Fayaz M, Namitha KK, Murthy KNC, Swamy MM, Sarada R, Khanam S Et al. Chemical Composition, Iron Bioavailability, and Antioxidant Activity of Kappaphycus alvarezzi (Doty). J Agric Food Chem. 2005;53(3):792-7. doi: 10.1021/jf0493627.

Cabrita MT, Vale C, Rauter AP. Halogenated compounds from marine algae. Mar Drugs. 2010;8(8):2301-17. doi: 10.3390/md8082301, PMID 20948909.

Davis TA, Volesky B, Mucci A. A review of the biochemistry of heavy metal biosorption by brown algae. Water Res. 2003;37(18):4311-30. doi: 10.1016/S0043-1354(03)00293-8, PMID 14511701.

Arumugam G, Rajendran R, Khaleelullah NS, Ramanathan S. Anti-candidal and anti-virulence efficiency of selected seaweeds against azole resistance Candida albicans. Biocatal Agric Biotechnol. 2019; 20:101195. doi: 10.1016/j.bcab.2019.101195.

Chakraborty K, Joseph D. Antioxidant potential and phenolic compounds of brown seaweeds Turbinaria conoides and Turbinaria ornata (class: Phaeophyceae). J Aquat Food Prod Technol. 2016;25(8):1249-65. doi: 10.1080/10498850.2015.1054540.

Chakraborty K, Dhara S. First report of substituted 2H-pyrenoids from brown seaweed Turbinaria conoides with antioxidant and anti-inflammatory activities. Nat Prod Res. 2020;34(24):3451-61. doi: 10.1080/14786419.2019.1578761, PMID 30835545.

World Health Organization. Lack of new antibiotics threatens global efforts to contain drug-resistant Infections; 2020. Available from: https://www.who.int/news-room/detail/17-01-2020-lack-of-new-antibiotics-threatens-global-efforts-to-contain-drugresistant-Infections [cited 11/1/2023].

Huang ZH, Li SQ, Kou Y, Huang L, Yu T, Hu A. Risk factors for the recurrence of diabetic foot ulcers among diabetic patients: a meta-analysis. Int Wound J. 2019;16(6):1373-82. doi: 10.1111/in.13200, PMID 31489774.

Diabetic foot. In: Liapis CD, Balzer K, Benedetti-Valentini F, Fernandes E, Fernandes J, editors. Vascular surgery. Berlin, Heidelberg: Springer Berlin Heidelberg; 2007. p. 501-21.

Banu A, Noorul Hassan MMN, Rajkumar J, Srinivasa S. Spectrum of bacteria associated with diabetic foot ulcer and biofilm formation: A prospective study. Australas Med J. 2015;8(9):280-5. doi: 10.4066/AMJ.2015.2422, PMID 26464584.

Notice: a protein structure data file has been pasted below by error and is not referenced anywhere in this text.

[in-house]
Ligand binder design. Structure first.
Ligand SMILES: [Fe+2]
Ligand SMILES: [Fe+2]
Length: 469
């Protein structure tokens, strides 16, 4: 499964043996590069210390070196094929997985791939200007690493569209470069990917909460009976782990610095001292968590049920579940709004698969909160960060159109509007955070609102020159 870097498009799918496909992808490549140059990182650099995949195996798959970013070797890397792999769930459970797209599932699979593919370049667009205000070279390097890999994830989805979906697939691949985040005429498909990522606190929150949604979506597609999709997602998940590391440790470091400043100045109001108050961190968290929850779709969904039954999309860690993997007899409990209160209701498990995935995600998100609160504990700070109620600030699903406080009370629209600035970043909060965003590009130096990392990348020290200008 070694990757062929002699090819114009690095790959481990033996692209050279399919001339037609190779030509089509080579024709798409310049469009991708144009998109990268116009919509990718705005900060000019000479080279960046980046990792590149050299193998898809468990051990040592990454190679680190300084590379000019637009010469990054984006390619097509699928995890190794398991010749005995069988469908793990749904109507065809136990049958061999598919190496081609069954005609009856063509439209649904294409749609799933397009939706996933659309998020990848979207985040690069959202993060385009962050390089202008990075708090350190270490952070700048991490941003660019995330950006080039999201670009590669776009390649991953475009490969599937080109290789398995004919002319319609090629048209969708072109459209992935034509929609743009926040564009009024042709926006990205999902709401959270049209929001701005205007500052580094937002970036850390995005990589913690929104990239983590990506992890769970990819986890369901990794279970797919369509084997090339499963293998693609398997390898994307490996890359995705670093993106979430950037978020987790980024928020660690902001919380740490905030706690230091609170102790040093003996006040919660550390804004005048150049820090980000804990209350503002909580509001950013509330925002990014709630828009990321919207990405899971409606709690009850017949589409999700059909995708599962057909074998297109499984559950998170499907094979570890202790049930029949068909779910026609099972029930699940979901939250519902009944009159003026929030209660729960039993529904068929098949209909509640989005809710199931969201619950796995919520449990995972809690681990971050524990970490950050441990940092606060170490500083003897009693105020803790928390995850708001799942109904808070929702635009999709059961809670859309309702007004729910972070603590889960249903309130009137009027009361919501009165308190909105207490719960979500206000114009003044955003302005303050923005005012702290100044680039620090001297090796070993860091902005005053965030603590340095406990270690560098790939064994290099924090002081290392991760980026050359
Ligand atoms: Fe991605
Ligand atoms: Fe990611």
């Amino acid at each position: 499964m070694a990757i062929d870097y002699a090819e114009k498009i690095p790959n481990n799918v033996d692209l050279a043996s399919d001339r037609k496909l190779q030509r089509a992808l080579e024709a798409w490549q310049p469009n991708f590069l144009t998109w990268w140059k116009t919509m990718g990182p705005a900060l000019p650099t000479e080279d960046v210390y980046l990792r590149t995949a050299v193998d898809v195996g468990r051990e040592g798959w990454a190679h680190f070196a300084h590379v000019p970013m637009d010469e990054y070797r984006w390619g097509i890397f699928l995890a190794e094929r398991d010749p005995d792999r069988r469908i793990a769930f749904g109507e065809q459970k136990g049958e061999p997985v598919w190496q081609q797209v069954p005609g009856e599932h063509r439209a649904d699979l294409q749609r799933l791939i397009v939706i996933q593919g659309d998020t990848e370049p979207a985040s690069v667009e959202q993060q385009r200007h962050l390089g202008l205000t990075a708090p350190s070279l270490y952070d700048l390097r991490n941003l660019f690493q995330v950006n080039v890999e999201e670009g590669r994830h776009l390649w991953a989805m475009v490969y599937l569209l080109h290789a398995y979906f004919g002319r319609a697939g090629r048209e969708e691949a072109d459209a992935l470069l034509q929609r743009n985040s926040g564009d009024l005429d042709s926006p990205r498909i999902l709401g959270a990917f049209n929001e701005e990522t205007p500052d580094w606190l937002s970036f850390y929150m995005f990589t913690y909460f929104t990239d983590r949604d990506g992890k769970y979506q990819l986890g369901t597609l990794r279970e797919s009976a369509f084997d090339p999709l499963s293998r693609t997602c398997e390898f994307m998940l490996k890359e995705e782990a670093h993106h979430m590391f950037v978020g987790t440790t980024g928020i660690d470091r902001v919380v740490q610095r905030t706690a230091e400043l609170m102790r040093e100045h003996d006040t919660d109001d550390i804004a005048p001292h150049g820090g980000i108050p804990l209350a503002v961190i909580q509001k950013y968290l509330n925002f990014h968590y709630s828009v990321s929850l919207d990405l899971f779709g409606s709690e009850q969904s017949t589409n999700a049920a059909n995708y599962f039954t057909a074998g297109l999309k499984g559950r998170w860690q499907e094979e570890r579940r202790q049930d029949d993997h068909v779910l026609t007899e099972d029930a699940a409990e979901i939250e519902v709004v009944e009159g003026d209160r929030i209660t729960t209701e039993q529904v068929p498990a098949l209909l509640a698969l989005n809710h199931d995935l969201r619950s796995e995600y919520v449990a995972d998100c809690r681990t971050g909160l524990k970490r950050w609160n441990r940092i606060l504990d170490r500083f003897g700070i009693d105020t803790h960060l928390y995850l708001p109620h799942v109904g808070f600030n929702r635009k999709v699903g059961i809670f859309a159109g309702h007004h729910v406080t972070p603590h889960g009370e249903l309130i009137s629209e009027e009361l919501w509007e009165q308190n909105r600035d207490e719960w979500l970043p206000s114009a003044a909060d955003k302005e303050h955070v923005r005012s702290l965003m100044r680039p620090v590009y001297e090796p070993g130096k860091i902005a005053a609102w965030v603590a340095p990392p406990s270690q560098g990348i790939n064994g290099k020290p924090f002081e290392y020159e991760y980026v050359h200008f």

Valentina J, Poonguzhali TV, Josmin Laali Nisha LL. Mosquito larvicidal and suicidal activity of seaweed extracts against Aedes aegypti, Anopheles stephensi and Culex. Int J Mosq Res. 2015;2(4):54-9.

Rhimou B, Hassane R, José M, Nathalie B. The antibacterial potential of the seaweeds (Rhodophyceae) of the Strait of Gibraltar and the Mediterranean Coast of Morocco. Afr J Biotechnol. 2010;9(38):6365-72.

Mehdinezhad N, Ghannadi A, Yegdaneh A. Phytochemical and biological evaluation of some Sargassum species from the Persian Gulf. Res Pharm Sci. 2016;11(3):243-9. PMID 27499794.

Obouayeba AP, Diarrassouba M, Soumahin EF, Kouakou TH. Phytochemical analysis, purification and identification of hibiscus Anthocyanins. J Pharm Chem Biol Sci. 2015;3(2):156-68.

Deyab M, Elkatony T, Ward F. Qualitative and quantitative analysis of phytochemical studies on brown seaweed, Dictyota dichotoma. Int J Eng Dev Res. 2016;4(2):674-78.

Gul R, Jan SU, Faridullah S, Sherani S, Jahan N. Preliminary phytochemical screening, quantitative analysis of alkaloids, and antioxidant activity of crude plant extracts from Ephedra intermedia indigenous to Balochistan. ScientificWorldJournal. 2017; 2017:5873648. doi: 10.1155/2017/5873648, PMID 28386582.

Chitrikha Suresh TS, Poonguzhali TV, Anuradha V, Ramesh B, Suresh G. Aqueous extract of Turbinaria Conoides (J.Agardh) Kützing mediated fabrication of silver nanoparticles used against bacteria associated with a diabetic foot ulcer. Mater Today Proc. 2021;43(5):3038-43. doi: 10.1016/j.matpr.2021.01.376.

Elnabris KJ, Elmanama AA, Chihadeh WN. Antibacterial activity of four marine seaweeds collected from the coast of the Gaza Strip. Palestine Mesopot. J Mar Sci. 2013;28(1):81-92.